3

Found a few similar questions but were not quite a match.

I have a directory for backups (sql) and want to delete all files in that directory older then 7 days leaving any sub-directories intact.

This is what I have:

find /var/log/mbackups -mtime +7 -type f -delete

Is this the proper way to accomplish what I am after?

  • 1
    What do you mean by "leaving any sub-directories intact"? Do you mean "don't delete files from sub-directories" or do you mean "don't delete the sub-directories themselves"? – Kusalananda Jun 1 '18 at 17:03
  • Note the gotcha about -mtime +N. With GNU find, -mtime +7 will find files that are at least eight days old. – ilkkachu Jun 1 '18 at 17:07
4

Your command will look at the top level directory /var/log/mbackups and also descend into any subdirectories, deleting files that match the seven day criterion. It will not delete the directories themselves.

If you want a command to look at files only in the /var/log/mbackups directory, and not descend into subdirectories, you need to add that restriction:

find /var/log/mbackups -maxdepth 1 -mtime +7 -type f -delete

In general you can test the find command by replacing the -delete action with something innocuous, like -print:

find /var/log/mbackups -mtime +7 -type f -print
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-1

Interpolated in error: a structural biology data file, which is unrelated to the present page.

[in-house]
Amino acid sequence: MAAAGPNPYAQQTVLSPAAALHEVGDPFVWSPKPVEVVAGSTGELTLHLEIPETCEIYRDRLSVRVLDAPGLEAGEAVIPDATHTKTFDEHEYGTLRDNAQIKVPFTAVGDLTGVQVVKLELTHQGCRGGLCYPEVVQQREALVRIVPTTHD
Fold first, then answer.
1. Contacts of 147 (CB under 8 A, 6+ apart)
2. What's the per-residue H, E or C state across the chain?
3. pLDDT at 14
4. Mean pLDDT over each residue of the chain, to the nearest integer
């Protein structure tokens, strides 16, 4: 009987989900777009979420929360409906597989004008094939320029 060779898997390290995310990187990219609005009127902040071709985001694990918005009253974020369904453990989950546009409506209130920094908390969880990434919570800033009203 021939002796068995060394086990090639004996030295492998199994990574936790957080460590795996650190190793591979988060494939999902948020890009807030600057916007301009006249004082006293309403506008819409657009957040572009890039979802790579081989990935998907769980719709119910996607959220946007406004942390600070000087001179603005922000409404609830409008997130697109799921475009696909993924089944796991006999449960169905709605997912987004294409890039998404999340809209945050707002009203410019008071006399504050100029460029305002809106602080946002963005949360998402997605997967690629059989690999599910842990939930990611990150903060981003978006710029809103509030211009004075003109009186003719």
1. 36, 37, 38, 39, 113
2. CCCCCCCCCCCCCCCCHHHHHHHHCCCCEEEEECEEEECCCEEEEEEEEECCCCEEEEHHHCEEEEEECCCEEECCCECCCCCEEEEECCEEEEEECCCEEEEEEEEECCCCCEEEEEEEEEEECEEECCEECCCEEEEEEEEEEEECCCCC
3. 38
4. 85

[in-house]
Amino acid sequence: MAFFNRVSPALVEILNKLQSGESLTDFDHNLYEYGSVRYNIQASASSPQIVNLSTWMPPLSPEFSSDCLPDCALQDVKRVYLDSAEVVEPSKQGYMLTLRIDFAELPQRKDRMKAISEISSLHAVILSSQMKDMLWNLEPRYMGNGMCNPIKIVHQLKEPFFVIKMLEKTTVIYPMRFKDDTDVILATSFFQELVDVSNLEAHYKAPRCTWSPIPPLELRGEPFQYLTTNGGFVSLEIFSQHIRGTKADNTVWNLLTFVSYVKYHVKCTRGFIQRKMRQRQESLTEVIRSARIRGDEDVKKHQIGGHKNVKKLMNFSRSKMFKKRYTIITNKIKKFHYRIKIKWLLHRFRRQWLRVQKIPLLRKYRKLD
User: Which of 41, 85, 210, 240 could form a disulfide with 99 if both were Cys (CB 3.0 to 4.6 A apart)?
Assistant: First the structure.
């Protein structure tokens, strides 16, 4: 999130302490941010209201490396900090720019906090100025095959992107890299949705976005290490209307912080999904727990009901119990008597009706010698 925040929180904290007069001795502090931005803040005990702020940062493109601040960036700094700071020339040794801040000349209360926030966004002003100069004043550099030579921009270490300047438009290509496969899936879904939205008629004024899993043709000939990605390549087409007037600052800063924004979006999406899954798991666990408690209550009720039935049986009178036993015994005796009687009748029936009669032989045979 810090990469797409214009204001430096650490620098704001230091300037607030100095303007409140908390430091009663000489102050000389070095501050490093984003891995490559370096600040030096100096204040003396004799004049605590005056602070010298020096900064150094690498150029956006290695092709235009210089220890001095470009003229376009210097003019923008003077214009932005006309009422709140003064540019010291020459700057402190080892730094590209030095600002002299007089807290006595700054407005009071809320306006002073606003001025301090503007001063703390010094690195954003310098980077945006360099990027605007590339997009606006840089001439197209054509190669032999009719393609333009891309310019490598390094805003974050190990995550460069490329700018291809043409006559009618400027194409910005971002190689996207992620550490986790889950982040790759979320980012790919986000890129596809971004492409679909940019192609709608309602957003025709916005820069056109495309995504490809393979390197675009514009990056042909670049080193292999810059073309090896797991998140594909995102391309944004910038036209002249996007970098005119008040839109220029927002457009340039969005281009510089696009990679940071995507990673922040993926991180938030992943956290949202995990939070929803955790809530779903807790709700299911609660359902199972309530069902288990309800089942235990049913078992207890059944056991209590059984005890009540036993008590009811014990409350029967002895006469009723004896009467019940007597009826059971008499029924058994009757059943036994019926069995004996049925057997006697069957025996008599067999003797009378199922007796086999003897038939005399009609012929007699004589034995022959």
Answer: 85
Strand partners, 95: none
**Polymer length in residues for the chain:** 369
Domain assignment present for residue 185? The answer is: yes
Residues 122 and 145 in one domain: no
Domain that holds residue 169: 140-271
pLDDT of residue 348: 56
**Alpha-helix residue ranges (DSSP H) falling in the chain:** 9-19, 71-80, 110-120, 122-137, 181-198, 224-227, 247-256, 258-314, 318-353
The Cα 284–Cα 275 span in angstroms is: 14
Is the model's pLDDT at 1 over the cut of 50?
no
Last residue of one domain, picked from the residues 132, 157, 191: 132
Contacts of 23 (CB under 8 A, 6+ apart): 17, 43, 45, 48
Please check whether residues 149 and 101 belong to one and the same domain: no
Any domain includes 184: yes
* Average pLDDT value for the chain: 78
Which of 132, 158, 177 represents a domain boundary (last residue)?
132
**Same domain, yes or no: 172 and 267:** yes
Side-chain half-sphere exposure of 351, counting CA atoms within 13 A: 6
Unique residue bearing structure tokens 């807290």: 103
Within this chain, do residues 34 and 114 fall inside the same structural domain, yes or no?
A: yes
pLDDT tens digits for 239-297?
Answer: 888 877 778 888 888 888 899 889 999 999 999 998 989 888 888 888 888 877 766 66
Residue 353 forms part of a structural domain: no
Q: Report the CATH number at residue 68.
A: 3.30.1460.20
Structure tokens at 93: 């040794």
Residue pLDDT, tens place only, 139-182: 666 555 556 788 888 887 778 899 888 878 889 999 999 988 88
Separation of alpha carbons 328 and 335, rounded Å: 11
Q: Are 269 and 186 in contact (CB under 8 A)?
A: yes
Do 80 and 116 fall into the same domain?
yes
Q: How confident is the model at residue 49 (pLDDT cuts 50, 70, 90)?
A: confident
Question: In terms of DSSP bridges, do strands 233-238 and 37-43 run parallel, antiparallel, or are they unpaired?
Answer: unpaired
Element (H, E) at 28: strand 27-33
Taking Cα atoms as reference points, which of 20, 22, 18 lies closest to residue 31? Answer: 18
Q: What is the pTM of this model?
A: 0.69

try this

find /var/log/mbackups -type f -mtime +7 -exec rm -rf {} \;
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  • Any reason why you would use that instead of the command in the question? Note that the question asks "is this the proper way?", not "are there any other ways?". – Kusalananda Apr 15 at 10:48
-3

Warning: -delete is non-standard (nonportable) and risky when using gfind.

Remember that rm has some security restrictions, but the gfind man page does not mention such a restrictions for -delete. I therefore recommend to use the official method:

find /var/log/mbackups -mtime +7 -type f -exec rm {} +

This is not even slower than the non-standard method using -delete.

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  • 2
    rm will happily delete a file beginning with ./, for example touch xx; rm ./xx – roaima Jun 6 '18 at 19:04

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